The Parkes radio telescope in NSW.
CSIRO astronomers to join “private data highway” across USA
CSIRO’s Australia Telescope National Facility has been awarded a “private data highway” - a 10 gigabit per second link - across the US by a major internet consortium and a US communications company.
The link will allow the ATNF and collaborating institutions to show that large data sets can be moved, in real time, to and from Australia and around the globe.
“This will be important for demonstrating techniques that will be used for the international Square Kilometre Array radio telescope,” said Professor Brian Boyle, Director of CSIRO’s Australia Telescope National Facility.
The award is the first IDEA (Internet2 Driving Exemplary Applications) Wave of the Future Award from the Internet2 consortium, which represents more than 300 US universities, companies and government research institutions. The award is sponsored by Level 3 Communications, an international communications company headquartered in Colorado. It was presented at the Internet2 Spring Members’ Meeting held in Arlington, Virginia.
In the first instance, CSIRO’s astronomers will use the link to work with colleagues at the Haystack Observatory run by MIT (Massachusetts Institute of Technology). Astronomers at both institutions are pioneering the use of data networks to link widely separated radio telescopes in real time.
“This will be important for demonstrating techniques that will be used for the international Square Kilometre Array radio telescope,”
said Professor Brian Boyle, Director of CSIRO’s Australia Telescope National Facility.
“By providing this circuit for this innovative application, we hope to support greater global collaboration and investments in radio astronomy research, and encourage innovative thinking about how new optical networking technology enables science and engineering,” said Jack Suess, CIO of the University of Maryland, Baltimore County, and vice-chair of the Internet2 Applications, Middleware and Services Advisory Council.
The technique the astronomers are working on is called e-VLBI (electronic very long baseline interferometry). In this, telescopes hundreds or thousands of kilometres apart observe the same region of sky simultaneously. Data from each telescope are sampled and sent to a super-computer via high-speed networks. The super-computer decodes and correlates the data and generates very high-resolution images of the cosmic objects being observed.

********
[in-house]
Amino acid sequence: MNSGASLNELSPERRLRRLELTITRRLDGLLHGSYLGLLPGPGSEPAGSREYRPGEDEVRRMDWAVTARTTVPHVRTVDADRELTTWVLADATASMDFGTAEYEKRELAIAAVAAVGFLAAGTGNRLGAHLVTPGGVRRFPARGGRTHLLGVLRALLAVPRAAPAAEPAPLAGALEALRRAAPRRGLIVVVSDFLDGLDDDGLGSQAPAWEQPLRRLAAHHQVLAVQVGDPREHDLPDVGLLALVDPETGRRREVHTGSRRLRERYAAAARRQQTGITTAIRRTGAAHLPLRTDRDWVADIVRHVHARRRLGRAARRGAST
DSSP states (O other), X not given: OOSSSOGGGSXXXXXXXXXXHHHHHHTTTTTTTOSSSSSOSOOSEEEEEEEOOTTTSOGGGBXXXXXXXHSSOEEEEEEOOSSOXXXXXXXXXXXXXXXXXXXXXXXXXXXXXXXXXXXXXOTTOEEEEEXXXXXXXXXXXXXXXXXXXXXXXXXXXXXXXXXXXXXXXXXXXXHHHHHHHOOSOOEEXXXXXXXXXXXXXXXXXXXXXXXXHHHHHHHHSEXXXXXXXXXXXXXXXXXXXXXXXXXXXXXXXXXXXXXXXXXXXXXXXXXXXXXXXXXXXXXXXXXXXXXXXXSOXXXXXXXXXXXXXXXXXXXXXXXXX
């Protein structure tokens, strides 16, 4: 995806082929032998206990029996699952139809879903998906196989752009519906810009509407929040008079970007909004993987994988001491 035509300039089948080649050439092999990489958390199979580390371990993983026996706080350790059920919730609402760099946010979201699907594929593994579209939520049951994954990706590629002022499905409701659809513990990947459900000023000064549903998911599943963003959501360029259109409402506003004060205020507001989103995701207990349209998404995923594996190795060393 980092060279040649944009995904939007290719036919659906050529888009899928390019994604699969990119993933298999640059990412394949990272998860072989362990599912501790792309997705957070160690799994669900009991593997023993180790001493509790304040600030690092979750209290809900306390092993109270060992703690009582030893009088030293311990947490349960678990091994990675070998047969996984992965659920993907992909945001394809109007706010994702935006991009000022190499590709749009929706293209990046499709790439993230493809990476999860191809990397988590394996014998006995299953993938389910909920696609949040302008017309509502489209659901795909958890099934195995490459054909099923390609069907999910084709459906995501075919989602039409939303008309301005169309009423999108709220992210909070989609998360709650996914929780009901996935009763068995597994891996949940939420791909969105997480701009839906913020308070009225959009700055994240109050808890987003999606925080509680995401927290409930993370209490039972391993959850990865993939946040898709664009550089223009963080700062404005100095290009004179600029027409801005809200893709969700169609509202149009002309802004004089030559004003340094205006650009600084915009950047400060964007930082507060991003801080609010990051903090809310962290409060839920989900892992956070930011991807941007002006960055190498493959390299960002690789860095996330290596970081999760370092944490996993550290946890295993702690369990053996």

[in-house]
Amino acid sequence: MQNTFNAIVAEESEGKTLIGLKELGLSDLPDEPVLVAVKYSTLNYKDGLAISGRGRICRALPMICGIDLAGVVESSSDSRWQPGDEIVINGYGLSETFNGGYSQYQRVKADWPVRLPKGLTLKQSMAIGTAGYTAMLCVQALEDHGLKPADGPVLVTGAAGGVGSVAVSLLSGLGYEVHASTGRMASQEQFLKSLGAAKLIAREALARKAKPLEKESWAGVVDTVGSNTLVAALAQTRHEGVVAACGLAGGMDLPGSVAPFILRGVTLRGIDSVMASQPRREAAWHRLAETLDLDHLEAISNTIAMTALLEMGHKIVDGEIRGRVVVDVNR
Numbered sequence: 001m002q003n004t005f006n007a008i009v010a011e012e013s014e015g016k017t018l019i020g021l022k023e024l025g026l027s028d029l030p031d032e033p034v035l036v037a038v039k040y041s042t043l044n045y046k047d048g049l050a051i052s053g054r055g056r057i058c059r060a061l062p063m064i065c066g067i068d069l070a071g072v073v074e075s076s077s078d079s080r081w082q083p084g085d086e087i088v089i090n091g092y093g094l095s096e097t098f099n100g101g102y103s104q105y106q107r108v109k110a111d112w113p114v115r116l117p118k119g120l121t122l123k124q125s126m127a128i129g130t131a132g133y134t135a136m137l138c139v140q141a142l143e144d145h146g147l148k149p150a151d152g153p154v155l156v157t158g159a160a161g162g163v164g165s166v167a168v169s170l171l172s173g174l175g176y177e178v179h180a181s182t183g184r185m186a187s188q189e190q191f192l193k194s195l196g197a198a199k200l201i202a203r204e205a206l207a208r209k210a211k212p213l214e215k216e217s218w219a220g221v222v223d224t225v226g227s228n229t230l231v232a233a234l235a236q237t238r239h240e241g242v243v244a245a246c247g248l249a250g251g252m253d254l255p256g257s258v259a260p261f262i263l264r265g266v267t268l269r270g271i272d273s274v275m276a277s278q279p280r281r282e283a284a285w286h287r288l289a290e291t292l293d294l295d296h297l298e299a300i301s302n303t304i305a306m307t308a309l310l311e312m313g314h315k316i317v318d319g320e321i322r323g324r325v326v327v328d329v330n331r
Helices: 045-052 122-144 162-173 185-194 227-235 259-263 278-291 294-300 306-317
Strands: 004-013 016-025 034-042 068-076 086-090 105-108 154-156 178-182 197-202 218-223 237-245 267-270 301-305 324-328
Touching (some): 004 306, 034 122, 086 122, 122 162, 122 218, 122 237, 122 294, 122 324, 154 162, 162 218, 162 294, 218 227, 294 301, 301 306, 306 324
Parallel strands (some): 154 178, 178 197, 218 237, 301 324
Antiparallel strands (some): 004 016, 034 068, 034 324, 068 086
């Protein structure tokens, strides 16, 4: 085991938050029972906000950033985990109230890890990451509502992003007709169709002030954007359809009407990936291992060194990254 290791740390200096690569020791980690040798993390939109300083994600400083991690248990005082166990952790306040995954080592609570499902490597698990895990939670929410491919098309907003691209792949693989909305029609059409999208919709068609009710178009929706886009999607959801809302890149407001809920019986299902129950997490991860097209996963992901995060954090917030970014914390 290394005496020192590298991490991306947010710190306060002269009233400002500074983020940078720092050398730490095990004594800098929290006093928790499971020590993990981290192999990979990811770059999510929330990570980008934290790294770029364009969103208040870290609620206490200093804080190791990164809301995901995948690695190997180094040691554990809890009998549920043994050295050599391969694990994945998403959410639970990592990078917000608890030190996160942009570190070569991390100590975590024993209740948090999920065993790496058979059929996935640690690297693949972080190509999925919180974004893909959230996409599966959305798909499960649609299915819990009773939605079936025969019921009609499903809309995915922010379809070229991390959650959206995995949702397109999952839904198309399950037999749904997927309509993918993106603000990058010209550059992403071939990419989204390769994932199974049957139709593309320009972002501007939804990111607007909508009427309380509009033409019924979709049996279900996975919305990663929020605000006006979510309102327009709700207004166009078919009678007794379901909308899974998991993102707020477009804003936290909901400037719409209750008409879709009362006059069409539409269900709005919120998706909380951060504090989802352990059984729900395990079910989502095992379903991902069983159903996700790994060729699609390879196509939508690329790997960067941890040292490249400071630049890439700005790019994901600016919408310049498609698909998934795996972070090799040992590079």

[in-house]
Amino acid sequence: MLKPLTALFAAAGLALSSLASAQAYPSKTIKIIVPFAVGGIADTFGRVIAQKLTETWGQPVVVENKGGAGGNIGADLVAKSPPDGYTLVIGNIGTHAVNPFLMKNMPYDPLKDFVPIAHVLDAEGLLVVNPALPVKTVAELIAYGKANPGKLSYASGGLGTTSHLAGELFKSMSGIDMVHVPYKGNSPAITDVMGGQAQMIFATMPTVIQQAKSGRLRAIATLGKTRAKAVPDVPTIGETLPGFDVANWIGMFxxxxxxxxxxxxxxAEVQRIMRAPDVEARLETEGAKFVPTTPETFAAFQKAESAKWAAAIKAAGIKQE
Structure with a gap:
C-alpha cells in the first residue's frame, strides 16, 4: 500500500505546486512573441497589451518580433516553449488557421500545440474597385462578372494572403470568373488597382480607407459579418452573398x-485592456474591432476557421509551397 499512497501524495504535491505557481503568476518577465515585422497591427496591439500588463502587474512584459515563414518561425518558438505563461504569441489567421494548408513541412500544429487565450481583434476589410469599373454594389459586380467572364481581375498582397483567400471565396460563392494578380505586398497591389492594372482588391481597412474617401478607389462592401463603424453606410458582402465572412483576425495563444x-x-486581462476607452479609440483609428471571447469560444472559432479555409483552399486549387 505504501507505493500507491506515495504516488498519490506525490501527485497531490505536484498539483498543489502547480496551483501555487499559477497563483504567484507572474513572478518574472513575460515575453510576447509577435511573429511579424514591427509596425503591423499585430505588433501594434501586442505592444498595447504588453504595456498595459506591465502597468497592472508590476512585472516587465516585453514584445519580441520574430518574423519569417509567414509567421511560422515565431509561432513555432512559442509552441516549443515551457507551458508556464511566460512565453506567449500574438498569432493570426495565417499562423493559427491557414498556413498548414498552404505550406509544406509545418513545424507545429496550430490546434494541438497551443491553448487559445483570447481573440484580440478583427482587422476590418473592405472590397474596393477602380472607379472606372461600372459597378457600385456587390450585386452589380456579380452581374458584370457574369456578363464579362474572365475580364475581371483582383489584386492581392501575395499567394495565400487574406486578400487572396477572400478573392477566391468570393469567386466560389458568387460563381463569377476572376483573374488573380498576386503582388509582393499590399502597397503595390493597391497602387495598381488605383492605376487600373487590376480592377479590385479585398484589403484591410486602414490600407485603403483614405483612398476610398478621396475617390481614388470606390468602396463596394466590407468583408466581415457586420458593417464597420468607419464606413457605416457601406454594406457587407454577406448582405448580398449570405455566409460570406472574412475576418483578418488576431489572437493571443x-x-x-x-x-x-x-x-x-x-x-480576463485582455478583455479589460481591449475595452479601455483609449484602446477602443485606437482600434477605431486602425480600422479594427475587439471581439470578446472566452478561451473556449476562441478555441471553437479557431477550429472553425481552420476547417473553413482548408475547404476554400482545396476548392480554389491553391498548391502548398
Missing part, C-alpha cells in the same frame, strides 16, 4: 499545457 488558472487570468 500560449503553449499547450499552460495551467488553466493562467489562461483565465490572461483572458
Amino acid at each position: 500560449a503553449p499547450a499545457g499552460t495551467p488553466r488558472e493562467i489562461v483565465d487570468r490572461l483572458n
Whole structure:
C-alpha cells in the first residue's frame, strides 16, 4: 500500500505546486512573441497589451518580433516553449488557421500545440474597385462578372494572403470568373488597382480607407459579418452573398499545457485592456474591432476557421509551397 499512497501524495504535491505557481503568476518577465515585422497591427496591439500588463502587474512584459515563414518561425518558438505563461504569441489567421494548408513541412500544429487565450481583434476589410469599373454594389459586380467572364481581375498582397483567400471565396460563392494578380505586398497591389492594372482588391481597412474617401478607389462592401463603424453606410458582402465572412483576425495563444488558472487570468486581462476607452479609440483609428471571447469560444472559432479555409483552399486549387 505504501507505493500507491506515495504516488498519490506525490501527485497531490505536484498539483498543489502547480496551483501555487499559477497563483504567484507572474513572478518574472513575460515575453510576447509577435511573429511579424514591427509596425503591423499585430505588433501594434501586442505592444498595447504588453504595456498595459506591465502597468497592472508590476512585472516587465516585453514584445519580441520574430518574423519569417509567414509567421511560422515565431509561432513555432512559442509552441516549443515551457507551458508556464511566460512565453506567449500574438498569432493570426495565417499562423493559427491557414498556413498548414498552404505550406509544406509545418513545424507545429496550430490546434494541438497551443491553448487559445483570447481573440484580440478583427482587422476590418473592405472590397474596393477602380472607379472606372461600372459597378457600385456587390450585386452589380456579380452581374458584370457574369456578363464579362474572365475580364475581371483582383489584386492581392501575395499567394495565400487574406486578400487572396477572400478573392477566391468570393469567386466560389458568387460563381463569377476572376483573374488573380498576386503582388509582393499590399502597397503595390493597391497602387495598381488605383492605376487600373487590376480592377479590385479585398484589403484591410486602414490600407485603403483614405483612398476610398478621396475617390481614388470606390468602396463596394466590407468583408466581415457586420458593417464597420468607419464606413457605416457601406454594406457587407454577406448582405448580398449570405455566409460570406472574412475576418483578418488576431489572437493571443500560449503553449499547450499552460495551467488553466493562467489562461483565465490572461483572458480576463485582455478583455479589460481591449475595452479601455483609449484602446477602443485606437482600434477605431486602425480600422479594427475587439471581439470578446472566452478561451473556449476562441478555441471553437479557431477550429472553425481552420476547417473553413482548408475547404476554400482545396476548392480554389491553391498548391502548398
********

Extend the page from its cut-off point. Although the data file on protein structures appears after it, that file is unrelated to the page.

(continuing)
“Currently, in a 12-hour VLBI experiment, each telescope used generates about 5500 gigabytes of data, which is the equivalent of 8500 CDs,” explains Dr Tasso Tzioumis, Coordinator of VLBI Operations and Development at the Australia Telescope National Facility.
“And in the next few years we expect to have even faster data rates.”
A typical VLBI experiment in Australia involves five or six telescopes, while an international experiment could use up to 20.
E-VLBI has eliminated the weeks or even months it used to take to record and ship this data around on disks.
It also allows astronomers to get instant feedback during observations, which will open up the study of quickly evolving, transient phenomena in the Universe.
"We’ve made enormous progress since our first e-VLBI tests in 2006, but we’re not yet able to just set up these experiments and press the ‘go’ button," said Dr Shaun Amy, Data Transmission Specialist for CSIRO's Australia Telescope National Facility, who accepted the Internet2 award for CSIRO.
"This dedicated circuit will let us work out how to make these systems operate routinely. And what we discover about overcoming roadblocks to high data throughput will help researchers in other fields of science."
The Internet2-sponsored link across the USA will be made available for a year. The data link from Sydney to Los Angeles will be provided by the Australian Academic and Research Network, AARNet.
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